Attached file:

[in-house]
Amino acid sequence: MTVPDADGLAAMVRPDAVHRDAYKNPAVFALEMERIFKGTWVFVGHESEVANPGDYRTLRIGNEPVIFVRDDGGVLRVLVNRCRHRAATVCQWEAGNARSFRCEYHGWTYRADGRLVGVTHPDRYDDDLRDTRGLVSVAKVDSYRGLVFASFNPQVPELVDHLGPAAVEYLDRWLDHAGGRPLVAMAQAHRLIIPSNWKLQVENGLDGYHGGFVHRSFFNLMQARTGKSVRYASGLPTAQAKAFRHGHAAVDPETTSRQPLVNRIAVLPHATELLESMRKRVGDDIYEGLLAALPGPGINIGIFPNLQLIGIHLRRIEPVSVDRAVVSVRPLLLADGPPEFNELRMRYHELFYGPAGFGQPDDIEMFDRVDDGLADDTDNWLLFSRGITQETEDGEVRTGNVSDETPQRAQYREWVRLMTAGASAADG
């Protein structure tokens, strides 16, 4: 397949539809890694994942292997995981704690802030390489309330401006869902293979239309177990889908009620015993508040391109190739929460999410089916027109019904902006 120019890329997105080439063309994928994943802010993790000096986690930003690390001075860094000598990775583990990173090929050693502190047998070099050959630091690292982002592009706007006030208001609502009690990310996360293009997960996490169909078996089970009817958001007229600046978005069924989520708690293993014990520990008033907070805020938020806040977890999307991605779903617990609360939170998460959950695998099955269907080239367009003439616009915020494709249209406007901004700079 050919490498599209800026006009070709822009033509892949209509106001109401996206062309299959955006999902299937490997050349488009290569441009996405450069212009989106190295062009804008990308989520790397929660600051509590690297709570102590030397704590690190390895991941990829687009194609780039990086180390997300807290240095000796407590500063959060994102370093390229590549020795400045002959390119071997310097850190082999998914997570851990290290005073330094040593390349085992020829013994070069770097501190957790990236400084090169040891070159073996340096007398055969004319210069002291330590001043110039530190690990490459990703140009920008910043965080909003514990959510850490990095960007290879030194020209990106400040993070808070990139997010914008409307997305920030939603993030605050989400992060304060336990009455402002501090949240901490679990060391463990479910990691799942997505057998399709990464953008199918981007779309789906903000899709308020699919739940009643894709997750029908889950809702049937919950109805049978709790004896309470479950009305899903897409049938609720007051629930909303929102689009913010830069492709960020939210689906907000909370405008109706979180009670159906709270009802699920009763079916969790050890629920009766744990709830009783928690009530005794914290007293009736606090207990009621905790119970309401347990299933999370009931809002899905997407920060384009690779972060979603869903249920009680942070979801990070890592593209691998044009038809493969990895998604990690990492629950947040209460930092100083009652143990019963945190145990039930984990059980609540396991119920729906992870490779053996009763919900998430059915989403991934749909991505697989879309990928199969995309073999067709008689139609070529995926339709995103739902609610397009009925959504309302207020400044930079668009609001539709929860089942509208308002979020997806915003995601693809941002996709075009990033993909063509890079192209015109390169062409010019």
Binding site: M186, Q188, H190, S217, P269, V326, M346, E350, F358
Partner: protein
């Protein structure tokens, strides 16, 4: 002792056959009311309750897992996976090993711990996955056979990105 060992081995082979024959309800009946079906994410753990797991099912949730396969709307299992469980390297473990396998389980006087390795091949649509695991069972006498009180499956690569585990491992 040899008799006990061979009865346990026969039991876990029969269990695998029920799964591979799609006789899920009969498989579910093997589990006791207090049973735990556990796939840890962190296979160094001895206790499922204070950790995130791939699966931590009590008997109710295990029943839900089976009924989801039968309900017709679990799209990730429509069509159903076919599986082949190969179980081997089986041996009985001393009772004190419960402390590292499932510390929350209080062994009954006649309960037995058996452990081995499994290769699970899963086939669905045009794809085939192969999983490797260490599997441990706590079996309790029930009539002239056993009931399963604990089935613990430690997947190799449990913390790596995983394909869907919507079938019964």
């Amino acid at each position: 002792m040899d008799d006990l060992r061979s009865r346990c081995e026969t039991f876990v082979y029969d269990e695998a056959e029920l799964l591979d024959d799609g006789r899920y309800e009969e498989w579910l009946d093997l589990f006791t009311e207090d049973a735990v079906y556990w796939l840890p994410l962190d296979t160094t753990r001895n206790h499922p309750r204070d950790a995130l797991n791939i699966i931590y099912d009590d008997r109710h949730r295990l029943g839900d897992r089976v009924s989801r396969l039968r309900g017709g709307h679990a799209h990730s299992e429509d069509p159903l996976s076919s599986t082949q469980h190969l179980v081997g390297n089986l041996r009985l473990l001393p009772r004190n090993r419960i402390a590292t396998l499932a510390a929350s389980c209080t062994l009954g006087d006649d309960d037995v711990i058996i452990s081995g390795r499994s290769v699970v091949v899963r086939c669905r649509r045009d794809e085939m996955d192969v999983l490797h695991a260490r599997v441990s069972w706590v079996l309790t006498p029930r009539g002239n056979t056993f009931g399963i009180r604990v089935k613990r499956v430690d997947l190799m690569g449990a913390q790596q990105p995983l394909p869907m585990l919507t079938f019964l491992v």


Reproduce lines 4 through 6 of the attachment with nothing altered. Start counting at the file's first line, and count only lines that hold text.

Binding site: M186, Q188, H190, S217, P269, V326, M346, E350, F358
Partner: protein
């Protein structure tokens, strides 16, 4: 002792056959009311309750897992996976090993711990996955056979990105 060992081995082979024959309800009946079906994410753990797991099912949730396969709307299992469980390297473990396998389980006087390795091949649509695991069972006498009180499956690569585990491992 040899008799006990061979009865346990026969039991876990029969269990695998029920799964591979799609006789899920009969498989579910093997589990006791207090049973735990556990796939840890962190296979160094001895206790499922204070950790995130791939699966931590009590008997109710295990029943839900089976009924989801039968309900017709679990799209990730429509069509159903076919599986082949190969179980081997089986041996009985001393009772004190419960402390590292499932510390929350209080062994009954006649309960037995058996452990081995499994290769699970899963086939669905045009794809085939192969999983490797260490599997441990706590079996309790029930009539002239056993009931399963604990089935613990430690997947190799449990913390790596995983394909869907919507079938019964």